Supreme Court overturns decision to increase divorce monthly payments after 16yrs

By Lenore Rice

The Supreme Court has overturned a Court of Appeal decision to increase the monthly maintenance payments that were set when a couple divorced 16 years previously. following an application by the ex-wife who had lost a lump sum she had been awarded through “gross financial mismanagement”.

Graham and Maria Mills divorced in 2002 and it was agreed that Mrs Mills would be awarded a lump sum plus monthly payments of £1,100. The lump sum would have bought a house outright but Mrs Mills instead bought and sold a number of properties which turned out to be “unwise investments”, and was eventually left with nothing. In 2014 Mr Mills went to the family court seeking to have the monthly maintenance payments reduced, saying that she had lost the lump sum through “gross financial mismanagement” and was now in a position to work in order to supplement her earnings. Mrs Mills disagreed and argued that the payments should in fact be increased. The Court of Appeal agreed with Mrs Mills in 2017 and increased the monthly maintenance payments to £1,441.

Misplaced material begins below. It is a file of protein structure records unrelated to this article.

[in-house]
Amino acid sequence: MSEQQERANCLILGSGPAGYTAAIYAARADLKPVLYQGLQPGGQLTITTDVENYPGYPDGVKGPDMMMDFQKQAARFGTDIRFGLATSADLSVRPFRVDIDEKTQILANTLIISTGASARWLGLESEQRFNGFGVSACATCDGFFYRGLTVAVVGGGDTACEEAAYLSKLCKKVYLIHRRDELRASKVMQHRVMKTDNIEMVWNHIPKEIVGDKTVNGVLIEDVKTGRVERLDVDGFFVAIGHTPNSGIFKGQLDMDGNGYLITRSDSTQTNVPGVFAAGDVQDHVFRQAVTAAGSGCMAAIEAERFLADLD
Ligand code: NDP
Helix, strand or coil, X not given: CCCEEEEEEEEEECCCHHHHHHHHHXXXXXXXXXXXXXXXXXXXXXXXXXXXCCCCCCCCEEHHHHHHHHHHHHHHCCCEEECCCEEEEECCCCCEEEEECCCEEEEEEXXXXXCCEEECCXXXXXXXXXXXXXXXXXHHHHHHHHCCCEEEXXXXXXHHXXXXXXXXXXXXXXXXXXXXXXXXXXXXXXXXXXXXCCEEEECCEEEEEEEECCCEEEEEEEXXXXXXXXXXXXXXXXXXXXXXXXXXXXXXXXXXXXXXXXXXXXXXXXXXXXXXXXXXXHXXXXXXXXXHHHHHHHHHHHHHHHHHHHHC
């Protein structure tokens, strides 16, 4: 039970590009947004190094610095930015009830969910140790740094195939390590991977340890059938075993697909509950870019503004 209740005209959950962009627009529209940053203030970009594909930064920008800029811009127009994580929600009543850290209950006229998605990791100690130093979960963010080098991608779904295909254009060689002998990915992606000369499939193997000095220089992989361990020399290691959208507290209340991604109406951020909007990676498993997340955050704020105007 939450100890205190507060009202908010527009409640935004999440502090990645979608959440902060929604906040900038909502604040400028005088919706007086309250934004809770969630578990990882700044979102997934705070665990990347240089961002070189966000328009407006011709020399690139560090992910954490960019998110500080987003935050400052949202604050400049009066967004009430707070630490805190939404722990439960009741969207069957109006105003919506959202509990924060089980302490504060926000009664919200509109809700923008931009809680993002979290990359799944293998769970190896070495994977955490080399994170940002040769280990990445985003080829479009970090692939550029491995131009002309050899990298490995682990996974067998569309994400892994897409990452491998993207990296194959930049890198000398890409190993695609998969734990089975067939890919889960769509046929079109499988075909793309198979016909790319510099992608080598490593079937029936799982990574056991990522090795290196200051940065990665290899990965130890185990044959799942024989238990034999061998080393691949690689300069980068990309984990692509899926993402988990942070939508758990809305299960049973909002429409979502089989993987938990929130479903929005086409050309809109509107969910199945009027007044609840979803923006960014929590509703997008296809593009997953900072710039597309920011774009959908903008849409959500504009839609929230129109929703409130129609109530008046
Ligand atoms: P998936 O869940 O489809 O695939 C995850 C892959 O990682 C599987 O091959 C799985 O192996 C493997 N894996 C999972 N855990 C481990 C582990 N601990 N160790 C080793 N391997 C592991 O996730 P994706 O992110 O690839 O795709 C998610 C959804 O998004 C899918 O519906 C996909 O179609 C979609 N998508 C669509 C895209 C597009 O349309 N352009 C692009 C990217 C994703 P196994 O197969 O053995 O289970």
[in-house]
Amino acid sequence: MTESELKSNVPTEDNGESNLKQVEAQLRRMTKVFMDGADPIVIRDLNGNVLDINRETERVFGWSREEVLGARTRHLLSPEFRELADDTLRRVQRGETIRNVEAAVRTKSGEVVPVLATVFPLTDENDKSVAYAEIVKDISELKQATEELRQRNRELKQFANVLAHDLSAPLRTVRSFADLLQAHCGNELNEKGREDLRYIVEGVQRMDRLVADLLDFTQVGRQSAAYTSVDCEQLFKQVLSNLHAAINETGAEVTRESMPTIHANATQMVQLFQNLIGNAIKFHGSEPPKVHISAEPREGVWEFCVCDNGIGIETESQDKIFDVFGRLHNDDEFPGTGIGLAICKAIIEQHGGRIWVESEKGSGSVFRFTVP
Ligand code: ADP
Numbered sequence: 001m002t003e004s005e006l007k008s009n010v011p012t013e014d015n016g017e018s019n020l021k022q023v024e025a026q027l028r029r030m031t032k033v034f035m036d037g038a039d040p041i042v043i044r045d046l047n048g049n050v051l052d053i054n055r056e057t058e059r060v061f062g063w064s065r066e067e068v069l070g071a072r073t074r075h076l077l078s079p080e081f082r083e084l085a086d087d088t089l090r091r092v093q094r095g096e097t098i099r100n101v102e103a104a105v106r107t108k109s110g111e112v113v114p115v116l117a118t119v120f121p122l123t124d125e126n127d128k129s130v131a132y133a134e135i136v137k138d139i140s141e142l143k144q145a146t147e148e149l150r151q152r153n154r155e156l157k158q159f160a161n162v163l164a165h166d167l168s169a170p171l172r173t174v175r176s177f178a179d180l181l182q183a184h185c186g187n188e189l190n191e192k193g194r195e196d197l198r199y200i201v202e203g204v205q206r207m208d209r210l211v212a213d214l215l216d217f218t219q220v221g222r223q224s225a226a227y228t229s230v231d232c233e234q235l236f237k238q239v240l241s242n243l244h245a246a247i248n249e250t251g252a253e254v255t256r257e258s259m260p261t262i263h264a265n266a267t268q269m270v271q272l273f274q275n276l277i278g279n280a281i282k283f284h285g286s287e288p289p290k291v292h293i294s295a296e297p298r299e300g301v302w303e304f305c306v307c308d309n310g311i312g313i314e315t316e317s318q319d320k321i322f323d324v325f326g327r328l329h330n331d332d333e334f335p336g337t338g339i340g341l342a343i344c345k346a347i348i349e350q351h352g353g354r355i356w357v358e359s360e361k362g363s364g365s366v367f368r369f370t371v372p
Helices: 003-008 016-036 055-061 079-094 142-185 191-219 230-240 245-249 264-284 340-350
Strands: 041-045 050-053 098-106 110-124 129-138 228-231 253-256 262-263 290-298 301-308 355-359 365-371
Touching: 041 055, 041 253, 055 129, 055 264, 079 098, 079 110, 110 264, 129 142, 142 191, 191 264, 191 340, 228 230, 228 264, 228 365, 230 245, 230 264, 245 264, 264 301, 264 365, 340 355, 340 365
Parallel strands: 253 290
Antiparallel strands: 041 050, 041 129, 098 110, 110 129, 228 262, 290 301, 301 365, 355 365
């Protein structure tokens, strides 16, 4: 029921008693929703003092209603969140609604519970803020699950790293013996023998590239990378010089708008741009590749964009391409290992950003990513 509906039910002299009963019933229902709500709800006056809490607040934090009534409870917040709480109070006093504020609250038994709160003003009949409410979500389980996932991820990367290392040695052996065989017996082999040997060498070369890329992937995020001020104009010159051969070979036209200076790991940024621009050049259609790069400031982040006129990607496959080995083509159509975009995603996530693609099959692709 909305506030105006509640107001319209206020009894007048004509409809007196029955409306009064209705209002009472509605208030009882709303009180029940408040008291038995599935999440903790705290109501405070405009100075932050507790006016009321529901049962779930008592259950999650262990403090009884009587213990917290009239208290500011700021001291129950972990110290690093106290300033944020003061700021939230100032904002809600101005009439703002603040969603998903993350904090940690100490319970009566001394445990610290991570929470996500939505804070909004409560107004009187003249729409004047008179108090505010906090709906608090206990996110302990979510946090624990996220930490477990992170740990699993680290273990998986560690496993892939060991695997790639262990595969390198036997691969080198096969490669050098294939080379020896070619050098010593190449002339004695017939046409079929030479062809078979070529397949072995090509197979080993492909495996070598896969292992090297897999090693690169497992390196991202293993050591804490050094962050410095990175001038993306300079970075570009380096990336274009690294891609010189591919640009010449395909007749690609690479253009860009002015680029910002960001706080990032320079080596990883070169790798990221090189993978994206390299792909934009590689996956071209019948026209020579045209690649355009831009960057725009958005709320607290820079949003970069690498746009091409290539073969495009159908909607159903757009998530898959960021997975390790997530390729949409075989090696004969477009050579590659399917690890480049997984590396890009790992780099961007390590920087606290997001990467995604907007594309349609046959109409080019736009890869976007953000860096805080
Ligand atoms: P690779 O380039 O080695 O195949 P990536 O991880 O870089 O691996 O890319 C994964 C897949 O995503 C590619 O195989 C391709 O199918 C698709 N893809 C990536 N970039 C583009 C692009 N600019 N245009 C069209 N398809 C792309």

The case went before the Supreme Court who overturned the decision of the Court of Appeal. While some tried to frame the decision as a victory against spousal maintenance for life, the truth is that Mr Mills is still required to pay the original monthly maintenance payment of £1,100 per month with no fixed date for the arrangement to end. The couple may choose to capitalise the monthly maintenance payments into one lump sum that would bring the agreement to an end, but both parties would have to agree the amount.

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